New to site, new to all-grain, question!

General brewing information, questions and discussion. Topics that do not seem to fit elsewhere.

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New to site, new to all-grain, question!

Postby coyoteflats » Sun Oct 02, 2011 10:40 am

I'm eager to explore the recipe library on this site, but they are usually missing key bits of information that I find in my "how-to-brew" books, i.e., target temperature of the mash, length of the mash, single- or multi-step infusion. My question is, how do you use these recipes? Is this information somehow inherent in the grain bill (& I'm too dim to figure it out)? Or is it a best-guess-hope-for-the-best situation? All replies appreciated! Kevin
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recipes

Postby slothrob » Sun Oct 02, 2011 12:46 pm

We're at the mercy of the brewers who post recipes to the database, but a lot of those factors are going to vary somewhat from brewer to brewer based on their brewing system. It's also dependent on what you want from the recipe.

There are some general guidelines, though:

In general, 60 minutes is a standard mash length and should work for most anything. You may find that going to 90 minutes might improve conversion and fermentability for some recipes, especially those that don't have much high enzyme malts, like beers that are primarily Munich Malt or have a high amount of adjuncts.

There are probably no beers that absolutely need anything other than a single-infusion mash. There are rare, special cases like intentionally poorly modified malts, but multi-infusion mashes are generally only used by those interested in trying to duplicate traditional brewing practices and to solve particular brewing problems.

Mash temperature will depend on grain bill, style characteristics, personal preference and your brewing system:

150°F is a decent default mash temperature, when you just have no idea.

148°F is my choice for Lagers and any other beer I want to finish crisp and dry, but I find I need to do a step mash to around 155-158°F to get a good efficiency with a lower mash temperature. 148°F can also be a good choice for a high gravity beer or a beer that has a significant amount of Crystal Malt, too, as it can help keep it from being cloyingly sweet.

152°F is a good temperature for an average gravity beer that you want to finish with an above average body. It is also helpful in an all base malt beer or a slightly low gravity session beer (say a 1.044 Pale Ale or Amber), that you don't want to finish completely dry.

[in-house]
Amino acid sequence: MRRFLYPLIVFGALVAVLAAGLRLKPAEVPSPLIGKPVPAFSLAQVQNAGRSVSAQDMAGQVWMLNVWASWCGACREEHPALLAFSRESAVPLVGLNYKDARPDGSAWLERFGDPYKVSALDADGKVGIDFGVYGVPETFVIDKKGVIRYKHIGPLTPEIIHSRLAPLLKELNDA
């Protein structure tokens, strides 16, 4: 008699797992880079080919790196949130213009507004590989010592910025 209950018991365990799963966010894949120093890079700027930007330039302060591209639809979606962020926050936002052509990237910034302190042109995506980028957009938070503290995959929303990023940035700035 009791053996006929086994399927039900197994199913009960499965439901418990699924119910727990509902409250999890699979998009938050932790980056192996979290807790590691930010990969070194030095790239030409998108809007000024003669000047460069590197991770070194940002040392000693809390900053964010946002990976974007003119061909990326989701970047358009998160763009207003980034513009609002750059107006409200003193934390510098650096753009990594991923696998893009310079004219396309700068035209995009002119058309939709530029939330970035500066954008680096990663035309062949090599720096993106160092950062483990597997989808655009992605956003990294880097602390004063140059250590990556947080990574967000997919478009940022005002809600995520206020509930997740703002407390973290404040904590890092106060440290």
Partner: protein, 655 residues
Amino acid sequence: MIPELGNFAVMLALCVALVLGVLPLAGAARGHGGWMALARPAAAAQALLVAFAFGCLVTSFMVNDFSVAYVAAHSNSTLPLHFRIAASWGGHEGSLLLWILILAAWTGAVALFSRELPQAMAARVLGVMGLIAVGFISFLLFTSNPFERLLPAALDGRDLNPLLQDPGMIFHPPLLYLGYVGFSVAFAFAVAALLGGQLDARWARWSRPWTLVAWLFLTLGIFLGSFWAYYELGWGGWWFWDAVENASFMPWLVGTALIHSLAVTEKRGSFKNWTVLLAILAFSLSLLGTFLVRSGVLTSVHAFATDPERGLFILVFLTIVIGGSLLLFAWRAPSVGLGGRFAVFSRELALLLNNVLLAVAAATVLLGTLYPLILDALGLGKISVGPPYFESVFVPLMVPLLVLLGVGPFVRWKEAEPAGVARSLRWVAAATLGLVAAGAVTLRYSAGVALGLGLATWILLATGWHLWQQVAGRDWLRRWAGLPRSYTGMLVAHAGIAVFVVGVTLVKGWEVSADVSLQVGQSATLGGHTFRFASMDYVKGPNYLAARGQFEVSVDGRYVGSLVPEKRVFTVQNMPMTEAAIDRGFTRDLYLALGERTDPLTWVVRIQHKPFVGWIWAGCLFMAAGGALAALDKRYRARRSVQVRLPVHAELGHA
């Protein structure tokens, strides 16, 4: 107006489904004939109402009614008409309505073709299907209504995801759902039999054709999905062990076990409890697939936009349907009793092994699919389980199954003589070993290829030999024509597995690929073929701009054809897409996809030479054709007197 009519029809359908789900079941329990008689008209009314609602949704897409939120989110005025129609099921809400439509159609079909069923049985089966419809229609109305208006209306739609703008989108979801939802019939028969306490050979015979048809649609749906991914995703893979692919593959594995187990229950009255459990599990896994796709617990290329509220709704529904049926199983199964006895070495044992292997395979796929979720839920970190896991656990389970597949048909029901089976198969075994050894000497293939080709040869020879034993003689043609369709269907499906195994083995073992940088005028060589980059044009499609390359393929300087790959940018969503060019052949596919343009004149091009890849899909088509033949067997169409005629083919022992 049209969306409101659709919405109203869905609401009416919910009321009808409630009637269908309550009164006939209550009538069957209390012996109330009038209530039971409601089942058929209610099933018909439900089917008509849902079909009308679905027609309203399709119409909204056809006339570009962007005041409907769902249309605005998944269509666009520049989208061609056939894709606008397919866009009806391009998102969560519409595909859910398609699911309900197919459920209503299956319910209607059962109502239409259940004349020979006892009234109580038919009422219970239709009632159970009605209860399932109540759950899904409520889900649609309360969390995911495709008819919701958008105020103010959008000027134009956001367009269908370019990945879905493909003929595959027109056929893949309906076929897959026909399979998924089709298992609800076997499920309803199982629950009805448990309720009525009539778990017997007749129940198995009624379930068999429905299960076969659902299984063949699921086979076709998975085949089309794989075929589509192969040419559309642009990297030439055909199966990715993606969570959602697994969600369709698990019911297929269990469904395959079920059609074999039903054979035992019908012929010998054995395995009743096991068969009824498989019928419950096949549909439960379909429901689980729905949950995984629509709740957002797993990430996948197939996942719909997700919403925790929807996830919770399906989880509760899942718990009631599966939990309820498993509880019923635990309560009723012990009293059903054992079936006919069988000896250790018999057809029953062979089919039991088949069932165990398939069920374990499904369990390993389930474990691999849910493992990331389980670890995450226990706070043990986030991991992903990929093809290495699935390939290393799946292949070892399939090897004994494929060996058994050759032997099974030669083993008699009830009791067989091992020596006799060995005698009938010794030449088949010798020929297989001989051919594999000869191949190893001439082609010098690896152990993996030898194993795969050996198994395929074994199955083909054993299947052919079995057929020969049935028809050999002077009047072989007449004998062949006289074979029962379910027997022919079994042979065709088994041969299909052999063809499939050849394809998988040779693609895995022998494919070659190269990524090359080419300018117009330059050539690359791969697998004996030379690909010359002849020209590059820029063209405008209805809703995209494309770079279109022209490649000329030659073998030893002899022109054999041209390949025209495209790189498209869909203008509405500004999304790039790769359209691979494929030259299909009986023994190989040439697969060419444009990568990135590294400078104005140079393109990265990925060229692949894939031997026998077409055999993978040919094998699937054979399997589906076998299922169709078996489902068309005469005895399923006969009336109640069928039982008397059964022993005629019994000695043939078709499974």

154-156°F is appropriate for bumping up the FG in a low OG beer, like an Ordinary Bitter with an OG around 1.038-1.042.
Last edited by slothrob on Sun Oct 02, 2011 7:54 pm, edited 1 time in total.
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Excellent!

Postby coyoteflats » Sun Oct 02, 2011 3:24 pm

Great information, Slothrob; I'll put it to use immediately. Kevin
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Keep it Simple

Postby timmomyces » Tue Oct 11, 2011 9:07 pm

With the fully modified malts available to us today, it is pointless to do anything other than a single step infusion mash. And, with the great excess of enzymes that are present in our malts (remember almost all fully modified malts are designed for big brewers with high adjunct rates), this means conversion can be achieved much faster than once believed. The current recommendations for all fully modified malts is a mash at 68~70C/154~158 with a pH of 5.3 for only 20 minutes prior to recirculation until the runnings are clear. Then sparge with 168 degree water, stopping the runnings at 2.5P/1.010SG. Then top up to kettle volume. Running beyond this gravity floor will only extract tannis and lipids. The idea here is to maximize extraction while minimizing grain contact. This goes a long way toward the elimination of tannins (harsh, husky flavors) and lipids (head killers and can create clarity issues) being entrained in the wort. The complete science regarding this technique is outlined in both Charlie Bamforth's and Michael Lewis's new books that are available from the Association of Brewer's publishing arm, Brewer's Publications. You can order them online from www.beertown.org.
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